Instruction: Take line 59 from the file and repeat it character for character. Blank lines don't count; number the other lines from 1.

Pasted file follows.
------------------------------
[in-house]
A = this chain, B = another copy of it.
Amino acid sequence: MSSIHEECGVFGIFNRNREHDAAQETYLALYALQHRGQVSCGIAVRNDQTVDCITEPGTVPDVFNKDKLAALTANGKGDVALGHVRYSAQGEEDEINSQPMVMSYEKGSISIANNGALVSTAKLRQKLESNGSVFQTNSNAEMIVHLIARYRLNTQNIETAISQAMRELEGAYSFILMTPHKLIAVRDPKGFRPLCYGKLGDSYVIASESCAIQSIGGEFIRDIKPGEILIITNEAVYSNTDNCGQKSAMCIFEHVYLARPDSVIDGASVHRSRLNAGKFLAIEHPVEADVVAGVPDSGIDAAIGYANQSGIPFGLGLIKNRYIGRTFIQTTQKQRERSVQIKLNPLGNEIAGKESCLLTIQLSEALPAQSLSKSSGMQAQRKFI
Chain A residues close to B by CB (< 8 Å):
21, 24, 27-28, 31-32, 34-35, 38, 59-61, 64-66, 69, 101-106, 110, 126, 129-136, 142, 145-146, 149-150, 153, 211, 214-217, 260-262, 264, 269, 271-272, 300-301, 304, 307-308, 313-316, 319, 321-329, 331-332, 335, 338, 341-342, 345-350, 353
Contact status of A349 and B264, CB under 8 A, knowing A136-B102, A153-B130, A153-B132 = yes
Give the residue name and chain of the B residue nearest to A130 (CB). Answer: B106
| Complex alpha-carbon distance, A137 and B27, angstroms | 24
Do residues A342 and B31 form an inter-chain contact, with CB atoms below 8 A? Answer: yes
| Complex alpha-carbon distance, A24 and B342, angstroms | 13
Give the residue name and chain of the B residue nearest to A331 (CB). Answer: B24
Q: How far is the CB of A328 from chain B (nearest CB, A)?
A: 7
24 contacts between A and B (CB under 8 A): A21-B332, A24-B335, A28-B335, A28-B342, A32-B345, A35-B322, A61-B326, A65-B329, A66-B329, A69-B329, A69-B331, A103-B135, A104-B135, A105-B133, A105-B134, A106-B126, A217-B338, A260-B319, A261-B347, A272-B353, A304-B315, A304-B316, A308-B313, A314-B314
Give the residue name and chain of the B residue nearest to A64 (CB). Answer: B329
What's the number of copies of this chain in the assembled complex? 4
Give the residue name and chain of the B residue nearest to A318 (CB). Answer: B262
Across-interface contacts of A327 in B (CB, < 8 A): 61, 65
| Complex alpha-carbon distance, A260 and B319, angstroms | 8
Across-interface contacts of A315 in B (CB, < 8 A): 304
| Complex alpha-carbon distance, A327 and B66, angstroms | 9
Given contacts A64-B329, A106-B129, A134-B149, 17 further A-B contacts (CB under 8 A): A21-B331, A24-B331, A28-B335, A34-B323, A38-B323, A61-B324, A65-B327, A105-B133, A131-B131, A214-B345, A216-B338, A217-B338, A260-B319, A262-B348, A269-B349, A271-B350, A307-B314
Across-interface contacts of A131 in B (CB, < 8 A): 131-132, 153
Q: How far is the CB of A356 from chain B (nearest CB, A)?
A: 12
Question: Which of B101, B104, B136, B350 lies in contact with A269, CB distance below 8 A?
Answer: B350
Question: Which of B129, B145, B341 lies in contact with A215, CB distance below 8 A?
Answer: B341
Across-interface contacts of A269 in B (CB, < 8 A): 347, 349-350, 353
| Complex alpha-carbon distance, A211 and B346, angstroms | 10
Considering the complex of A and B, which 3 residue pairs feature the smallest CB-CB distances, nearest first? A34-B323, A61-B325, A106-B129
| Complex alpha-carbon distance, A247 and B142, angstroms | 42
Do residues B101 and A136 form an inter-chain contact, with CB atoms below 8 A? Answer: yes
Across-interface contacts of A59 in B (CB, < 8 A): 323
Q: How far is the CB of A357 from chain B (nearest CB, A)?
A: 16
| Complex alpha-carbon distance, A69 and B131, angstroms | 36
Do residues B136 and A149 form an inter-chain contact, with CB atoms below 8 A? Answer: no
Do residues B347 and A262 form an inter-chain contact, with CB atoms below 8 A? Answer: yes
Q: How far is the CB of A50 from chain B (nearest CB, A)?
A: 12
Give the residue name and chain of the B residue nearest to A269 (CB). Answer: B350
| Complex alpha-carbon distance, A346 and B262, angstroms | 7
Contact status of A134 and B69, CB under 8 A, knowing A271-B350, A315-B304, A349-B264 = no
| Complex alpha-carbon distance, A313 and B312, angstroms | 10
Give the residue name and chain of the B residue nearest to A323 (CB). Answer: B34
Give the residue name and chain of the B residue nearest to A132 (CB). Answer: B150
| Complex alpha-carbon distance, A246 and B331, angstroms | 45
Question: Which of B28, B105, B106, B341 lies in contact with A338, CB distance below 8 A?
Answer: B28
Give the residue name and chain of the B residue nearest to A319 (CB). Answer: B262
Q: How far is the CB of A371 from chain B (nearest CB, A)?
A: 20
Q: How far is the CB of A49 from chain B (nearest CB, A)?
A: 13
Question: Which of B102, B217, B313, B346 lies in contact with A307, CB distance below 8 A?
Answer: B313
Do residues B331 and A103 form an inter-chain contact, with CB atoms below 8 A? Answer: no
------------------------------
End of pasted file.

Do residues B331 and A103 form an inter-chain contact, with CB atoms below 8 A? Answer: no